The Roll of the Royal College of Physicians of London: Comprising Biographical Sketches of All the Eminent Physicians, Whose Names are Recorded in the Annals from the Foundation of the College in 1518 to Its Removal in 1825, from Warwick Lane to Pall Mall East
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22nd December 25th June admitted a Candidate admitted a Fellow admitted a Licentiate afterwards Annals anno appears appointed arts attended August became body born buried Caius Cambridge Censor Charles church College of Physicians Collegii Consiliarius court daughter death died doctor of medicine educated Edward Elect England entered examined Extra-Licentiate February give graduated hall Hamey Harvey Henry Honorary Fellow honour incorporated at Oxford Italy James January John July June king King's learned lectures letters Leyden lived Lond London Lord March master mentioned Merton college native natural November October original Oxford Oxon Padua person physic practised present President probably proceeded proceeded A.B. professor published quam Queen received recorded removed returned Royal says September Society soon Thomas took wife Wood
Page xii - mihi jure succenseat, si, quantum cœteris ad suas res obeundas, quantum ad festos dies ludorum celebrandos, quantum ad alias voluptates, et ad ipsam requiem animi et corporis conceditur temporum : quantum alii tribuunt tempestivis conviviis; quantum denique
Page 419 - referens, I had read of divers forward and precocious youths, and some I have known ; but I never either did hear or read of anything like to this sweet child, if it be right to call him child who has more knowledge than most men in the world. I counselled his father not to set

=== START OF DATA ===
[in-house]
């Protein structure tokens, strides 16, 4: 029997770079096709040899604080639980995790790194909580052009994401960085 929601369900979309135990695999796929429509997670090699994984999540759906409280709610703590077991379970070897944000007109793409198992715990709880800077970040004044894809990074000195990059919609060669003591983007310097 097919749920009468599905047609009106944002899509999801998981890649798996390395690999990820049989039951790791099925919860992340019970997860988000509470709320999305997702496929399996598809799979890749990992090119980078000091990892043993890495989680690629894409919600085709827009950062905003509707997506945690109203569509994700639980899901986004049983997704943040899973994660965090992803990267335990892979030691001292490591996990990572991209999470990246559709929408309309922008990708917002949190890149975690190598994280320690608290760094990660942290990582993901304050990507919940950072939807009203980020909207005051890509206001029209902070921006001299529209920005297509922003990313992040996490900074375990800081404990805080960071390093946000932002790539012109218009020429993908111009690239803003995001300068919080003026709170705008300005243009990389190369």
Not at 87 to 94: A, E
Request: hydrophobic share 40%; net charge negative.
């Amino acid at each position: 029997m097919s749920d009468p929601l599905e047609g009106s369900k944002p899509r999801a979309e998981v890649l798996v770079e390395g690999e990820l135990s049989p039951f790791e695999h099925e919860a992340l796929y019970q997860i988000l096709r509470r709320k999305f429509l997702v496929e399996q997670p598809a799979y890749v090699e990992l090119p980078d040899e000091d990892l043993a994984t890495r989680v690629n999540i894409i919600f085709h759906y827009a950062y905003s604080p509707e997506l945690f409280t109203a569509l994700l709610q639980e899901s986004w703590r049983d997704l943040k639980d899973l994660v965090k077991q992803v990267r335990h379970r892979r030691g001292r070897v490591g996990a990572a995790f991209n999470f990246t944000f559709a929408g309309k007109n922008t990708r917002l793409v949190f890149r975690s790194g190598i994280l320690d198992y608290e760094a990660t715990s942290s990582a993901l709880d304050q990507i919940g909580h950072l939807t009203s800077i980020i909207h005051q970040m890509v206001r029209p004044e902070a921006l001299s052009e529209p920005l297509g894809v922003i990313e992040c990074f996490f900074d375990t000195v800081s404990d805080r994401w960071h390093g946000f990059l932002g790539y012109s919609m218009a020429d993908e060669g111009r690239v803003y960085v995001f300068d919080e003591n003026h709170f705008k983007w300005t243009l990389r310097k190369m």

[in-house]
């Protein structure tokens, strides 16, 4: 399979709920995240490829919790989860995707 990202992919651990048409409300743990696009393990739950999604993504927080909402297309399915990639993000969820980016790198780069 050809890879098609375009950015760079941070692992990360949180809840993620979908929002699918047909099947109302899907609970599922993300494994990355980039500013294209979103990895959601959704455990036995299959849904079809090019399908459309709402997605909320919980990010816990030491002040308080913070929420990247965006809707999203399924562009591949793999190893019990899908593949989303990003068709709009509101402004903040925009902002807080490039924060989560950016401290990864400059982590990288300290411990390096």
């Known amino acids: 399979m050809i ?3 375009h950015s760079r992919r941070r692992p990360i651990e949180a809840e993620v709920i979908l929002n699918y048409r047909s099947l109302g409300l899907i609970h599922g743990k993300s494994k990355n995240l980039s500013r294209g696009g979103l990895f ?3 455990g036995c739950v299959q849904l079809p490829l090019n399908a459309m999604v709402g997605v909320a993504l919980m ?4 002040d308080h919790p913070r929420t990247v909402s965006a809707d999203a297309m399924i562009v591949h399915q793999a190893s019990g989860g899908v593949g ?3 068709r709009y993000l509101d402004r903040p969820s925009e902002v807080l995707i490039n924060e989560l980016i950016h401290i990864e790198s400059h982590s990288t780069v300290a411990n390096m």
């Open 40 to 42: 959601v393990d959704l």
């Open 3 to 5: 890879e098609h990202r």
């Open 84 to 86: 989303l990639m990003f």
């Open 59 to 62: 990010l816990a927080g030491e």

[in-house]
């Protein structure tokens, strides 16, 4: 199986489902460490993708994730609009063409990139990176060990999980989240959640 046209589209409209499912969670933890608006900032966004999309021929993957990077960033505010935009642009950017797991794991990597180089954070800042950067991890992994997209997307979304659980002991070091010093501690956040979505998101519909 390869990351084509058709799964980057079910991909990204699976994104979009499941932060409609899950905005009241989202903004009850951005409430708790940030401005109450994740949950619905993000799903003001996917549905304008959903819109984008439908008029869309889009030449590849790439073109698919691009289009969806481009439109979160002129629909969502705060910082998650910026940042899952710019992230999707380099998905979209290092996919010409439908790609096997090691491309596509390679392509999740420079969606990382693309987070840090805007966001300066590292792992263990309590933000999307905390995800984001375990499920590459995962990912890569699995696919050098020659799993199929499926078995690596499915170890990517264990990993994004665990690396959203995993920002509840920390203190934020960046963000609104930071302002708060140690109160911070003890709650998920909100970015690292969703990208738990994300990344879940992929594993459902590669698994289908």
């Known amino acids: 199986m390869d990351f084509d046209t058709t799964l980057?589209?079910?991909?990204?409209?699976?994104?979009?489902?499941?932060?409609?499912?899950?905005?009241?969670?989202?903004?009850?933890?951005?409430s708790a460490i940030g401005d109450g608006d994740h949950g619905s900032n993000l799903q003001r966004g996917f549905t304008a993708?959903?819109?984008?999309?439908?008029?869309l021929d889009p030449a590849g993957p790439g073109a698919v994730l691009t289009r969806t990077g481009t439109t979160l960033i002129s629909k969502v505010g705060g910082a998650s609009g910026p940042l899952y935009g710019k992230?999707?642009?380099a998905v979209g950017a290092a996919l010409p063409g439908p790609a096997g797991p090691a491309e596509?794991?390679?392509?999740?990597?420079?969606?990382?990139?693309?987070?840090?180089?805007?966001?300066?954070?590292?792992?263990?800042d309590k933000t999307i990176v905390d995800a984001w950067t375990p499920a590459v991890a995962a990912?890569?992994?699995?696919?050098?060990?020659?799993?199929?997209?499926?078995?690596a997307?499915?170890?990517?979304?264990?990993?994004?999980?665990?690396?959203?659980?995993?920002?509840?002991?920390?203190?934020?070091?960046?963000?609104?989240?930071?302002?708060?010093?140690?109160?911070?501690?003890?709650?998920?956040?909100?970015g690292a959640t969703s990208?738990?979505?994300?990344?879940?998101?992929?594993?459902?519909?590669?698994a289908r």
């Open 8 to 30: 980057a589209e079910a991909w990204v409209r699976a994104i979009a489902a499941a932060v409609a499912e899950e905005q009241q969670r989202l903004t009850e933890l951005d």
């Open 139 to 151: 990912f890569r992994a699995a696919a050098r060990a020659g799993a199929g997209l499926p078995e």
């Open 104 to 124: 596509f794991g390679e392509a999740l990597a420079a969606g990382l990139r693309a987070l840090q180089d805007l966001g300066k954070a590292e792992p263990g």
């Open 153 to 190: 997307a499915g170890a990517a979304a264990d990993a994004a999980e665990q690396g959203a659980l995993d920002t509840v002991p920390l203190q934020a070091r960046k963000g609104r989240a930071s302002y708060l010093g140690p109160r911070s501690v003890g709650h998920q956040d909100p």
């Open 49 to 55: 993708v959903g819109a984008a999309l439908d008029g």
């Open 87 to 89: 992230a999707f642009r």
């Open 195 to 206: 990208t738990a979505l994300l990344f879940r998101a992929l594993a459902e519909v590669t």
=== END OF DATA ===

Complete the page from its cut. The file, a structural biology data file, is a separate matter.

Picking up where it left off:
Page 255 - an eminent physician, which was the very best collection, especially of mathematical books, that was, I believe, in Europe ; once designed for the King's library at St. James's ; but the Queen dying, who was the great patroness of that design, it was let fall, and the books were miserably dissipated.
Page 337 - Vol. ii, p. 402. early seized our present queen, are thought the dregs of a tainted original. Willis, the great physician, being called to consult for one of his sons, gave his opinion in the words, ' mala stamina vitae,' which gave such offence that he was never called for afterwards.
Page 118 - Mead, in a letter to Sir M. Stuteville, says, " 1 am told for certain that Friday at night, 'till the hour of his death, his tongue was swoln so big in his mouth, that either he could not speak at all or not to be understood. Certain it is that this plaster gave great
Page 503 - forceps which he nowhere names as such or describes, " My father, brothers, and myself (though none else in Europe, as I know) have by God's blessing and our industry, attained to and
Page 398 - 12mo. 1727. Introductio ad Prudentiam ; or the Art of right Thinking, assisted and improved by such notions as Men of Sense and Experience have left us in their writings, in order to eradicate Error and plant, Knowledge. 12mo. 1731. Adigies, Proverbs, Wise Sentiments, and Witty Sayings, Ancient and Modern, Foreign and British. 12mo.
Page 324 - (Norwich). He read the best English sermons he could hear of, and delighted not in controversies. He might have made good the old saying, ' dat Galenus opes' had he lived in a place that could have afforded it, but there
Page 418 - discernment to answer so readily and pertinently. There was not anything in chronology, history, geography, the several systems of astronomy, courses of the stars, longitude, latitude, doctrine of the spheres, courses and sources of rivers, creeks, harbours, eminent cities, boundaries and bearings of countries, not only in Europe, but in any other part of the earth ; which